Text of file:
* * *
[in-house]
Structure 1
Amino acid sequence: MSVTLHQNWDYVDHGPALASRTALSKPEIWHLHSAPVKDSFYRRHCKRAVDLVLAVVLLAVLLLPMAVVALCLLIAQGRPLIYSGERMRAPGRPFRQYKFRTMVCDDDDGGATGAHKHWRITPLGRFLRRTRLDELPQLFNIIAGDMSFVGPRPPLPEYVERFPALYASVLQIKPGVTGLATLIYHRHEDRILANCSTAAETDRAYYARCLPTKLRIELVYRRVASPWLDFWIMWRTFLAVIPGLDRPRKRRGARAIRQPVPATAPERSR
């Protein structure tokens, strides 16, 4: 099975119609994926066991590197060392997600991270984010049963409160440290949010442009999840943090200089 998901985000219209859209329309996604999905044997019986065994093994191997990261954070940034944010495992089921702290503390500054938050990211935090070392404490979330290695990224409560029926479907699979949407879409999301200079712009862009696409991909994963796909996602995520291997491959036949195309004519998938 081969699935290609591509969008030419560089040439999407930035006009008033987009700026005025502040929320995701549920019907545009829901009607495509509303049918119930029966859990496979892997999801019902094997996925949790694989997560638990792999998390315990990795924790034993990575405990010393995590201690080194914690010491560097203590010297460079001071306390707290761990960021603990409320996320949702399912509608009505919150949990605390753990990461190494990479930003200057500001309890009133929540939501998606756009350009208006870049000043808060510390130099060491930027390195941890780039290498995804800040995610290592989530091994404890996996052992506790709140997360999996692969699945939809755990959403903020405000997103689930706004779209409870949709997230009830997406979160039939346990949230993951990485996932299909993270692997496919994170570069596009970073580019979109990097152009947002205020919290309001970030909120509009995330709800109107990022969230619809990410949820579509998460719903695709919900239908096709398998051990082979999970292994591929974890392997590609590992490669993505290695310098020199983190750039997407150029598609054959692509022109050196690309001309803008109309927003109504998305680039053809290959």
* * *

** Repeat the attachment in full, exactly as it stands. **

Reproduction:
[in-house]
Structure 1
Amino acid sequence: MSVTLHQNWDYVDHGPALASRTALSKPEIWHLHSAPVKDSFYRRHCKRAVDLVLAVVLLAVLLLPMAVVALCLLIAQGRPLIYSGERMRAPGRPFRQYKFRTMVCDDDDGGATGAHKHWRITPLGRFLRRTRLDELPQLFNIIAGDMSFVGPRPPLPEYVERFPALYASVLQIKPGVTGLATLIYHRHEDRILANCSTAAETDRAYYARCLPTKLRIELVYRRVASPWLDFWIMWRTFLAVIPGLDRPRKRRGARAIRQPVPATAPERSR
């Protein structure tokens, strides 16, 4: 099975119609994926066991590197060392997600991270984010049963409160440290949010442009999840943090200089 998901985000219209859209329309996604999905044997019986065994093994191997990261954070940034944010495992089921702290503390500054938050990211935090070392404490979330290695990224409560029926479907699979949407879409999301200079712009862009696409991909994963796909996602995520291997491959036949195309004519998938 081969699935290609591509969008030419560089040439999407930035006009008033987009700026005025502040929320995701549920019907545009829901009607495509509303049918119930029966859990496979892997999801019902094997996925949790694989997560638990792999998390315990990795924790034993990575405990010393995590201690080194914690010491560097203590010297460079001071306390707290761990960021603990409320996320949702399912509608009505919150949990605390753990990461190494990479930003200057500001309890009133929540939501998606756009350009208006870049000043808060510390130099060491930027390195941890780039290498995804800040995610290592989530091994404890996996052992506790709140997360999996692969699945939809755990959403903020405000997103689930706004779209409870949709997230009830997406979160039939346990949230993951990485996932299909993270692997496919994170570069596009970073580019979109990097152009947002205020919290309001970030909120509009995330709800109107990022969230619809990410949820579509998460719903695709919900239908096709398998051990082979999970292994591929974890392997590609590992490669993505290695310098020199983190750039997407150029598609054959692509022109050196690309001309803008109309927003109504998305680039053809290959």